22 May 2019

#019 - Project Endgame #100DaysOfCode

Thank goodness for a restful sleep and a day off from work! What did I achieve on my day off? Well, I fixed the pesky loop bug on my JavaScript project.

I had sketched out some rough notes the night before only to scrap the same notes the following day. Why? Because, it dawned on me that for me to overcome the loop bug, I had to focus on the div container of the HTML document.

You see, I wanted to flush out the core div container (which holds many sub div blocks), so another function would redraw the corresponding HTML elements. This strangely worked for the initial two questions of the quiz stack, but the program would spit out an 'Uncaught TypeError' at the third question. I suspect the program struggled to remove HTML elements that didn't exist, even though they appear on the DOM within Google's Chrome DevTools. And I may have confused myself with the initial coding of the createDocumentFragment() method.

I drafted a mini solution using a singular HTML document and bundled the script and trigger event on a low-scale setup. The mini solution worked. I 'ported' over the concept to the main program after tidying up related functions and re-arranged the furniture of the underlying div blocks. I wanted to mirror the div container that I was rendering to the DOM, alongside referencing the same div container to be cleared at the prompt of a new question from the universal quiz stack.


In short, I have a working JavaScript game - all coded from scratch by myself. On the surface, the quiz is a basic game that is currently pulling in a single quiz stack, but I have coded unique features to jazz up a plain quiz like randomising the question set, whilst also randomising the selected hero image and order of choices.

The reason for spicing up the quiz was partly to make the game less boring and predictable. Above all, I wanted to exercise my confidence in functional programming and I am happy with the results. I have been deliberate to create a function that does one thing. I recognise it may seem counter-productive to write further code to achieve this, but it follows through the DRY (Don't Repeat Yourself) principal and it is easier to follow how each line of code is processing each nugget of data.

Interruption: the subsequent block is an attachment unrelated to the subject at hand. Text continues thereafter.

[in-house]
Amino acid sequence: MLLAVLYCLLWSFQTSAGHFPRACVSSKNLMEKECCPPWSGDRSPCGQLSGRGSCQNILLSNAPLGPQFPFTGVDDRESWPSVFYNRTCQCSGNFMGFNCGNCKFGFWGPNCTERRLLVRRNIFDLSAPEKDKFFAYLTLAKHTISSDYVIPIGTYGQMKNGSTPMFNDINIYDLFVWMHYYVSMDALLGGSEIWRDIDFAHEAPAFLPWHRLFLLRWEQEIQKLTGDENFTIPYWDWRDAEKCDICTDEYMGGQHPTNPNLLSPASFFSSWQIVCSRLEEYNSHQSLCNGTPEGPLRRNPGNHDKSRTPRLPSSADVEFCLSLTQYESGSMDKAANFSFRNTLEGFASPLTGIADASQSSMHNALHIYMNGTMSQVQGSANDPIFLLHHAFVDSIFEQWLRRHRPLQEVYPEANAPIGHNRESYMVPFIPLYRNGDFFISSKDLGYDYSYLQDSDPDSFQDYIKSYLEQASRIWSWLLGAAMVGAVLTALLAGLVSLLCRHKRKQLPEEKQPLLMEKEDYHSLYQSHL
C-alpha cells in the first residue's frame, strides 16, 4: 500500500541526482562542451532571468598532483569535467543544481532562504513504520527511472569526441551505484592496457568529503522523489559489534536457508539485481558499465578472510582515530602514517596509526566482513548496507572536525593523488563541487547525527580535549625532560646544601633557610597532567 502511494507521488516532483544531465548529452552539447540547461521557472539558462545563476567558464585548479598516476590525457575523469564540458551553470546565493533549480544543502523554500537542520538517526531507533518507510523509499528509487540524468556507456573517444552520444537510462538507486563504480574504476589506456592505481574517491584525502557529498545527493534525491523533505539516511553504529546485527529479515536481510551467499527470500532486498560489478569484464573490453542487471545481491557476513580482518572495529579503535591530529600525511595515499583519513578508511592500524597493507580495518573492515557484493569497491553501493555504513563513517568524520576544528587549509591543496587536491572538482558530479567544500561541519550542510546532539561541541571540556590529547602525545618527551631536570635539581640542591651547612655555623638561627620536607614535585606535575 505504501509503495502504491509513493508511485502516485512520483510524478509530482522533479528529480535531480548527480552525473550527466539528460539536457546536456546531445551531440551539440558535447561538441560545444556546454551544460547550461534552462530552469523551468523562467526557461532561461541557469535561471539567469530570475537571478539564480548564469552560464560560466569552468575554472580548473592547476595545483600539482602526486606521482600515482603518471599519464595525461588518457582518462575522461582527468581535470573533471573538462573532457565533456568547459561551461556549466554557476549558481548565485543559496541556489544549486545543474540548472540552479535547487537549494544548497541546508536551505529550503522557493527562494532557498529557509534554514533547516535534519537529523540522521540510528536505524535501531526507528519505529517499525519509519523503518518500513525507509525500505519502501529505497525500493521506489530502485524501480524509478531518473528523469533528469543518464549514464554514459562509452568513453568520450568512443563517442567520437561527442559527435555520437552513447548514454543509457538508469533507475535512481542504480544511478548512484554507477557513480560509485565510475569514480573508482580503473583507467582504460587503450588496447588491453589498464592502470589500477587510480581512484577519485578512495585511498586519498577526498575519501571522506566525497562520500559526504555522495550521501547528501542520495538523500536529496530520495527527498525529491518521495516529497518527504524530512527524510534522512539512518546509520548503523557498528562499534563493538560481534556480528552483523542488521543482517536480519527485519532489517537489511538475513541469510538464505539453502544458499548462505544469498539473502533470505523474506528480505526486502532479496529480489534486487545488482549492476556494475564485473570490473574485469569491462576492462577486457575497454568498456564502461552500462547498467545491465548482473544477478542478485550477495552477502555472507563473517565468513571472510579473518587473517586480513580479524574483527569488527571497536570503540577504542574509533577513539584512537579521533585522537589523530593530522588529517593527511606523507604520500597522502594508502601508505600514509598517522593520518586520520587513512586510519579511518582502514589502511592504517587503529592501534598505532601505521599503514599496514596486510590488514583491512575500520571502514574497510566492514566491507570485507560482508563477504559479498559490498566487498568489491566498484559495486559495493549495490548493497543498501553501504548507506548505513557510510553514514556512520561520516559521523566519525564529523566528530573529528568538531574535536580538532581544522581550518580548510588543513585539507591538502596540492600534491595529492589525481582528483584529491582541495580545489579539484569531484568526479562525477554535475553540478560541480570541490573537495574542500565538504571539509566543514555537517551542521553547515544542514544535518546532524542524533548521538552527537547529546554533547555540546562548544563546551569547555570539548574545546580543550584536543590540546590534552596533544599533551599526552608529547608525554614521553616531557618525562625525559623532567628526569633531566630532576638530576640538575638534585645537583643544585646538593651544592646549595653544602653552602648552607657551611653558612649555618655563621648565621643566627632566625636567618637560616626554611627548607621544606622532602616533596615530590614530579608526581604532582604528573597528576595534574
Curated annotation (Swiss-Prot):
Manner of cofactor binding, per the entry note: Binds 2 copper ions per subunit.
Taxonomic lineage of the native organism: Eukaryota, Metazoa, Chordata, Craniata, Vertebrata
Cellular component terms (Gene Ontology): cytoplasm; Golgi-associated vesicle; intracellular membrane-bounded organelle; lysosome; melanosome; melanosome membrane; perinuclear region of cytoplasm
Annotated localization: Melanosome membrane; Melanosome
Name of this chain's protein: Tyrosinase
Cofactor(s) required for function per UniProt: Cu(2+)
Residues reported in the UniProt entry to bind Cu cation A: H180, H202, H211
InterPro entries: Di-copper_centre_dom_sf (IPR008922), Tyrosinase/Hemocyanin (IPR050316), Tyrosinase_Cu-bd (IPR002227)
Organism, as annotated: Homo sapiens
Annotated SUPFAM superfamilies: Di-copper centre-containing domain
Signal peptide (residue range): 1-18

I have since finalised the general scoring mechanism, but I wish to explore a JavaScript library to deploy coloured graphs and charts. I also need to create a general theme using CSS to complete the project. At the time of writing, I am tidying up my code by trimming the fat and adding comments. I would like to return to this project later without scratching my head with confusion.

In all honesty, I have tallied an A4 page of future features that would push me to commercialise the game as a mobile web app. Nonetheless, I want to bundle my code as a mobile app, as I want to learn the process and at least have fuller project to showcase, which should prove useful as I seek out software development roles in the near future.

I will likely use Adobe XD to sketch out the narrative of a mobile app design and see how I can fit this project in the form of a mobile device screen. I don't have Sketch, as my MacBook Pro laptop keeled over a few years ago.

I also want to look at MongoDB and Node.js, as I want to explore web databases - because I now want this basic quiz to connect to the Internet and achieve greatness!

But first, I have promised myself to look at C# (as long as I had the core functionality of the JavaScript quiz working). I understand that knowledge and experience in JavaScript alone isn't going to get me far in terms of a programming job. I'm aware there is a wide range of web standards from ES6 and ES7 to fully digest, alongside a host of trending libraries like Vue.js and React.

For the most part, I am content that I have a firm grasp of the basics of JavaScript and interacting with the DOM, and I am enthused to grow by leaps and bounds. I look forward to exploring other programming languages and extend my practical knowledge and understanding of good programming techniques and practices.